By Muhammad Amir Rana

Punjab faces a highly complex militancy challenge compared to other regions of Pakistan. Whenever terrorists strike in any part of the country, the focus of security debate immediately falls off to implementation of National Action Plan (NAP) and the roots of militancy in Punjab.

In part, Punjab has always remained reluctant to take action against those violent and non-violent sectarian and radical groups, which it deems are not creating much trouble in the province. The Punjab’s power elite has been presenting its own justifications for that. It largely deems the debate on militants’ presence in Punjab as politically motivated.

The recent terror wave that struck the country in January, however, forced the provincial government to invite the paramilitary Rangers to lead the counter-terrorism operations in Punjab.

While it remains to be seen how much these counterterrorism operations will be effective, there is a need for reevaluating the problem of militancy in the Punjab. Certainly, being the big brother, Punjab has to set a precedent for smaller provinces in countering terrorism. It hosts 55 percent of the country’s total population, shares 55 percent of national resources, shapes the political trends, and is considered the custodian of ideological and strategic interests of the country.

At the same time, as Punjab is the biggest hub of religious and sectarian organizations and groups in the country, it shapes the contours of religious politics and movements, and also serves as an epicenter of sectarian and militant trends.

Even though the numbers of attacks in Punjab has been far less, when compared with other provinces, a strong religious character goes with the province, with militants of all hues and/or their ideologies finding roots in Punjab. The province is home to anti-Shia groups like Lashkar-e-Jhangvi; anti-India groups like Lashkar-e-Taiba, among others.

Interior Minister Chaudhry Nisar Ali Khan told a top-level meeting held in January 2015 that the number of proscribed organizations actively engaged in terrorism and extremism in Punjab had reached 95. These organizations are working for multiple agendas — from transforming the society, enforcement of Shariah laws, establishment of Khilafah, to achieving sectarian goals and to achieve Pakistan’s strategic and ideological objectives — through militancy.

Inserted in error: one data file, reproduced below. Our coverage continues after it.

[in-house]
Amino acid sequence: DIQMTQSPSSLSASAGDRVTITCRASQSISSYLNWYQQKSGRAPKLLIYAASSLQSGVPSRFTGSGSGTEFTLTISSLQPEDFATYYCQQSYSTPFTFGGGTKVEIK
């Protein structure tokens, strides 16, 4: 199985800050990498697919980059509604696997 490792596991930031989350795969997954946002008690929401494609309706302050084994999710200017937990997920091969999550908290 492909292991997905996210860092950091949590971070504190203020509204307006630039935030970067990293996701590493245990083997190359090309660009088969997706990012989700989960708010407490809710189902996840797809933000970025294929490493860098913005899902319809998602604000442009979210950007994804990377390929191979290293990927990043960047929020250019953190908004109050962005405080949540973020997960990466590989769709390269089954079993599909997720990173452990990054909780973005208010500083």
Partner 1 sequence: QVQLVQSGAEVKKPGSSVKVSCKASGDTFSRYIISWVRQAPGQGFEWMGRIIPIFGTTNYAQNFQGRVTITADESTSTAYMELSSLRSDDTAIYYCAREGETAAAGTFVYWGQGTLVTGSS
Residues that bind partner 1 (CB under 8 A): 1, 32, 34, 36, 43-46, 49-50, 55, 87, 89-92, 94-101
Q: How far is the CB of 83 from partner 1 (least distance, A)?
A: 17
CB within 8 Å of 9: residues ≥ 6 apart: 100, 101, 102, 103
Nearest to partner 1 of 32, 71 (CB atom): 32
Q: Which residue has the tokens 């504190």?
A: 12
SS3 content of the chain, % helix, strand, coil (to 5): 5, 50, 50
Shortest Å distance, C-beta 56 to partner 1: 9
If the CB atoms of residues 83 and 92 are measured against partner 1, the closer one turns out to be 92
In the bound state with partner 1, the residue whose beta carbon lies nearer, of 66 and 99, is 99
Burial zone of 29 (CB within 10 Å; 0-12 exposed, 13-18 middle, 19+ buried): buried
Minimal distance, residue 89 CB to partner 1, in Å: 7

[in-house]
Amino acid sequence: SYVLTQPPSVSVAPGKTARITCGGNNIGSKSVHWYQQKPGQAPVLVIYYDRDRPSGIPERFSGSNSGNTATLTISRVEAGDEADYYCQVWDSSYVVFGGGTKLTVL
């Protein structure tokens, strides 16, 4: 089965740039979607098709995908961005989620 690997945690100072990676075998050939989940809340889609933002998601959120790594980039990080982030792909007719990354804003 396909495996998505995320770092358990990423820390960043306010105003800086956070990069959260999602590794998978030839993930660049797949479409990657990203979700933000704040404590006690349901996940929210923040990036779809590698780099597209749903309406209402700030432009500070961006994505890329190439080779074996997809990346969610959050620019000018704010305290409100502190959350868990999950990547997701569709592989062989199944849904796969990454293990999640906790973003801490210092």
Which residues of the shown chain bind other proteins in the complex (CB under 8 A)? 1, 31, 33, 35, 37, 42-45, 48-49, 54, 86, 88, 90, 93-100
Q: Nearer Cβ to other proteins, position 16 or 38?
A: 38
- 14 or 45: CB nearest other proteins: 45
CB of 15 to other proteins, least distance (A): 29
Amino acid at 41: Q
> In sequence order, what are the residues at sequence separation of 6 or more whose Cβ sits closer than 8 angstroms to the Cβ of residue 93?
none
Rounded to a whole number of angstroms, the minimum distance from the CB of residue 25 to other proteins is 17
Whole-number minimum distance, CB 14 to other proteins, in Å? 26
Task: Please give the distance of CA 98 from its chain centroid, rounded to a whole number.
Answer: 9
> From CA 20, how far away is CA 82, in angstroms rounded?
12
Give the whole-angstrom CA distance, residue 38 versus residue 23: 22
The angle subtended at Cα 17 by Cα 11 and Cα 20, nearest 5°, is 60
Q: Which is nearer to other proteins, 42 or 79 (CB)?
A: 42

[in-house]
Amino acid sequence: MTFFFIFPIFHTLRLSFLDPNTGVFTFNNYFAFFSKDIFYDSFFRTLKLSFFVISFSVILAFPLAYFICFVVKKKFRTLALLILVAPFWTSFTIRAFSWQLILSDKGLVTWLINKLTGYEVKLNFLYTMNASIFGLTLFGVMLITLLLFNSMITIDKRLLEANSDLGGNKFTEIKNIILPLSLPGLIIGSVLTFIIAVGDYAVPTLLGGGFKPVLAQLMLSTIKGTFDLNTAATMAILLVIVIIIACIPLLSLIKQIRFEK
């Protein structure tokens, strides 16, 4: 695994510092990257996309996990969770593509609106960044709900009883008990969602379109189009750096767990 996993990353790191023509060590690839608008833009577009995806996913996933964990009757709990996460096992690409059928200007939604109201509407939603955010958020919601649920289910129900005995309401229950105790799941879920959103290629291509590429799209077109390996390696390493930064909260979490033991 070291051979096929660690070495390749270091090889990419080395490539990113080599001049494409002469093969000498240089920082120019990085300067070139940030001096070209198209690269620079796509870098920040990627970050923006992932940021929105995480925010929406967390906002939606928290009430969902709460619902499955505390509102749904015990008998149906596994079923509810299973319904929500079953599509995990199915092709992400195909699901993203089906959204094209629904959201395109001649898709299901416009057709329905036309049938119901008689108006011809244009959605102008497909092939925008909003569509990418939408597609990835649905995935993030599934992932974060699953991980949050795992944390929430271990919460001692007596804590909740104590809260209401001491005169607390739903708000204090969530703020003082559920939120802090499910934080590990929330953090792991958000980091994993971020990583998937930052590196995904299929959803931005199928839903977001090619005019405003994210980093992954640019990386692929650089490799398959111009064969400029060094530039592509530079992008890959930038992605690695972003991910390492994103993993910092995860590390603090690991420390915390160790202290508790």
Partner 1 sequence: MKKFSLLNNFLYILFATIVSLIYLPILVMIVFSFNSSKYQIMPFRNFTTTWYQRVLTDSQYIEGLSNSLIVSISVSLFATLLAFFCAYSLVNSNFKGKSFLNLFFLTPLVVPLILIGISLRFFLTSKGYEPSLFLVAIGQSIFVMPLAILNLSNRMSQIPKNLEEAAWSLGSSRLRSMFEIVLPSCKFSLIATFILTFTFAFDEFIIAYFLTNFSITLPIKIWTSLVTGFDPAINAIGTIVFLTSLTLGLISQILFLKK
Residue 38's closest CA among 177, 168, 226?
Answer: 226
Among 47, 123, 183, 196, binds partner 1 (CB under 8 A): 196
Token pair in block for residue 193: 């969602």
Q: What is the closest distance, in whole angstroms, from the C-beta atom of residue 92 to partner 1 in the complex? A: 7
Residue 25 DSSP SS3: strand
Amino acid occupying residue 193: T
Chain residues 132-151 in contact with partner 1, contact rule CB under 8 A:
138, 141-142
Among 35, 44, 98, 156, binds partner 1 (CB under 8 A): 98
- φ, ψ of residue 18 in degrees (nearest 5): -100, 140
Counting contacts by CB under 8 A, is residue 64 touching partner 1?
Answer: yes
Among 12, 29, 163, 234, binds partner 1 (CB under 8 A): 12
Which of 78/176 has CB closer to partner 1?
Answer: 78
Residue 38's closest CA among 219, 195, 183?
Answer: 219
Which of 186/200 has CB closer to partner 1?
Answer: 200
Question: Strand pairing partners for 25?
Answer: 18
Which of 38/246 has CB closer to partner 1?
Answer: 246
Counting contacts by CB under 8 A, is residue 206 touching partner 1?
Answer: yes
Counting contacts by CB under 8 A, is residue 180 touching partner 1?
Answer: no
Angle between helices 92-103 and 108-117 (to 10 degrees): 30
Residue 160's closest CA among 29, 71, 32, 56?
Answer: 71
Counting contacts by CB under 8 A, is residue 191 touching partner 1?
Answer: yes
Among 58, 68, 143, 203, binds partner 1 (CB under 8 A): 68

In April 2016, Punjab’s CTD released a ‘Red Book’, a list of terrorists including their brief profiles. As many as 17 of the total 22 most-wanted terrorists listed in that book reportedly belonged to Punjab. These were the men who masterminded several suicide attacks not only in Punjab but also in other parts of the country.

The concentration of religious parties and their intuitions in Punjab provides a conducive environment to violent and non-violent religious actors. Logically, a question arises why religious groups focus Punjab? The answer is simple: Punjab always remains the center of political and strategic powers and no political movement can succeed without a support base in Punjab.

Historically, all major political and religious movements started from the province, including the Nizam-e-Mustafa movement in mid 1970’s, which had shaped the future religious movements in the country. At the same time, a relatively better economic growth in Punjab also works as a pull factor to attract religious groups.

A look at the geographical spread of religious seminaries, or madrassas, suggests that more than of 65 percent of the total madrassas in Pakistan are located in Punjab, and, interestingly around 50 per cent in urban and commercial areas of the province.

The madrassa proliferation in Punjab has a link with the economic growth in the province and the presence of a wide network and culture of religious charity there. The maximum number of students and teachers in madrassas in Punjab hail from the Federally Administered Tribal Areas (FATA), Khyber Pakhtunkhwa, and Azad Jammu and Kashmir.

The madrassas not only transmit certain extremist tendencies among students and the general public but also serve as an important source of recruitment for local militant groups, especially the sectarian groups.

Apart from madrassas, the charity and youth wings of the so-called jihadi and sectarian groups and organizations directly or indirectly provide the human resource to terrorists. These organizations are operating freely across the province, despite facing repeated bans from the government.

The tools of ideological propagation and indoctrination are also easily and widely available in the province. Most of the publication houses of militants and religious extremist groups are located in Punjab. The expansion of the media, owned or controlled by militant groups, is making the challenge of extremism more complex. Although the government has more than once attempted to ban many of these publications, these resurface under different names.

In this context, Punjab serves not only as an ideological hub of the militancy but also as an important source of logistics and recruitments for the militants. Major drivers of urban terrorism in the country are located in Punjab, without any discrimination among southern, central, or northern parts of the province.

These are a few of many reasons, which call for a proper, comprehensive response beyond mere security operations against terrorist cells in the province.

Author Bio: Muhammad Amir Rana is a security analyst. His latest book, The Militant: Development of a Jihadi Character, sheds light on the challenge of militancy offering new insight to the policy makers to correct the course for elimination of Jihadi infrastructure from the country. 

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